As Japan’s war of words with China continues to escalate, it’s beginning to move closer to another former rival—the Philippines. Last month, Tokyo announced plans to donate 10 brand-new patrol boats to the Philippine Coast Guard. Later in the month, the two countries met to discuss further expanding their maritime cooperation in the contested waters of the South China Sea.The closer relationship makes sense for Japan, which is looking for partners in its protracted conflict with China. And it makes sense for the Philippines as well. Although the Philippines have refrained from the blustery anti-Chinese rhetoric of Japanese PM Shinzo Abe, it too is an island archipelago deeply concerned about China’s muscle flexing in the South China Sea. Chinese patrol ships have been repeatedly harassing Filipino fishing ships over the past few months, and the two countries have repeatedly sparred over their competing claims to the Scarborough Shoal.Japan and the Philippines certainly have come a long way since Japan occupied the Philippines during World War II, an occupation in which 10,000 Filipino POWs died in the horrific “Bataan Death March.” But their current relationship bears no marks of the former ill will. Philippine President Benigno Aquino recently welcomed a stronger Japan as a counterweight to a “threatening” China, and supports Japanese plans to reform its pacifistic constitution. This mirrors a similar reparation in Filipino-American relations: The U.S. Navy has recently returned to the naval base in Subic Bay after its expulsion in 1992.A few Filipino patrol boats alone won’t be enough to alter the balance of power in the Pacific. But as the various countries around China’s periphery slowly move closer together in response to its provocations, we’re seeing a new political structure gradually begin to emerge in East Asia.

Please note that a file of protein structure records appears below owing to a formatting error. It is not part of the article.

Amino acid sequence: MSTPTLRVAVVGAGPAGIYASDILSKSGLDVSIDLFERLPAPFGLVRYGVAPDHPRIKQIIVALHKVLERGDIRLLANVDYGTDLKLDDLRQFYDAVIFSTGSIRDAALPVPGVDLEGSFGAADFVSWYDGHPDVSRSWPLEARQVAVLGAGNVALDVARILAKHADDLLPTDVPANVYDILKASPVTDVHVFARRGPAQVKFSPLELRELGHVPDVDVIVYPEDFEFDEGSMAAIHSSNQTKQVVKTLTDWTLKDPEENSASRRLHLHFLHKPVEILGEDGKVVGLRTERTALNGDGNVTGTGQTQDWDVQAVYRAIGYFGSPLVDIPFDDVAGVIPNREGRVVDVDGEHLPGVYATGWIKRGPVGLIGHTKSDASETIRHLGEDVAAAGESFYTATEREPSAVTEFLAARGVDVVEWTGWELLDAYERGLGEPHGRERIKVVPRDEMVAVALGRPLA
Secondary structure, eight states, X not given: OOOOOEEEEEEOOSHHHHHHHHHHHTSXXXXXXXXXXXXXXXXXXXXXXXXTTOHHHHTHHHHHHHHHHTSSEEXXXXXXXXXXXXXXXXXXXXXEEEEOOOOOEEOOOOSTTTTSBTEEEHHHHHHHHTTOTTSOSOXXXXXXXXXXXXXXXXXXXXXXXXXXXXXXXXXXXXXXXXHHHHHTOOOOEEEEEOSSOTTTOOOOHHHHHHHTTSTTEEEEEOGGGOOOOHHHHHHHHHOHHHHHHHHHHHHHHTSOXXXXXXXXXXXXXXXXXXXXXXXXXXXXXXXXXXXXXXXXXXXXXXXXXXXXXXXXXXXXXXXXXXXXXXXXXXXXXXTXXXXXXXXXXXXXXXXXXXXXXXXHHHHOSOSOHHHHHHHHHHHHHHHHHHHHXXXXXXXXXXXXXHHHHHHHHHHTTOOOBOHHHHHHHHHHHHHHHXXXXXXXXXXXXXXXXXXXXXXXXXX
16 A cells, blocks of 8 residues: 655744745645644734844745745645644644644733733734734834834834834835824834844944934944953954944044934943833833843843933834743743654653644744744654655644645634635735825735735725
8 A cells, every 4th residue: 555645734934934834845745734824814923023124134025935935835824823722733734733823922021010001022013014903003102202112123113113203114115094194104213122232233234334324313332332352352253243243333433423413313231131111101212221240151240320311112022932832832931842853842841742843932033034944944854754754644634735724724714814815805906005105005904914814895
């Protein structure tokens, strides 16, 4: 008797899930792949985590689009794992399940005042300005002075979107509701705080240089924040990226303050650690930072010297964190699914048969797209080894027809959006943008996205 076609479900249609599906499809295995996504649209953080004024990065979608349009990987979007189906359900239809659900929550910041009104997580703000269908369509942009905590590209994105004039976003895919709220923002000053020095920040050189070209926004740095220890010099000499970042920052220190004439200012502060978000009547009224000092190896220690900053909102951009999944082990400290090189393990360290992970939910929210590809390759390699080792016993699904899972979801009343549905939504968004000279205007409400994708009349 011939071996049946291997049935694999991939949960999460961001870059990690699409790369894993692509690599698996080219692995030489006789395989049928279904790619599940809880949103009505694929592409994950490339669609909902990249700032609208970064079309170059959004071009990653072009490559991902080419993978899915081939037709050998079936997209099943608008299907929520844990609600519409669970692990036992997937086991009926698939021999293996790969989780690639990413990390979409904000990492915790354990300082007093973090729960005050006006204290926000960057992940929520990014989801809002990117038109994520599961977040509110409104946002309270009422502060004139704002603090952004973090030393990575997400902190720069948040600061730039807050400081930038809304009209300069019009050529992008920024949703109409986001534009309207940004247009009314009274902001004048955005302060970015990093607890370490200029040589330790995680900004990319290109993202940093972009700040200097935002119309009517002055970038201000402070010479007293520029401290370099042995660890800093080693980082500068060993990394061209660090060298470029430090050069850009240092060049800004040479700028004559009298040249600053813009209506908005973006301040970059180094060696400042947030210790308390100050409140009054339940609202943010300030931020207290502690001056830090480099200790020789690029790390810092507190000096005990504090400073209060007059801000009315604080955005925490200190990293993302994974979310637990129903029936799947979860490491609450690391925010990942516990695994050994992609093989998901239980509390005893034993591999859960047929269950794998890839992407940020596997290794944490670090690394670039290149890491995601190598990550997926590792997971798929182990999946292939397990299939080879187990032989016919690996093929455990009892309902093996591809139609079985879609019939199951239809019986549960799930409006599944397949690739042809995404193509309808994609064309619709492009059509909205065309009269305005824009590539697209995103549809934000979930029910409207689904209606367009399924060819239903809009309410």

Game of Thrones: Japan Arms the Philippines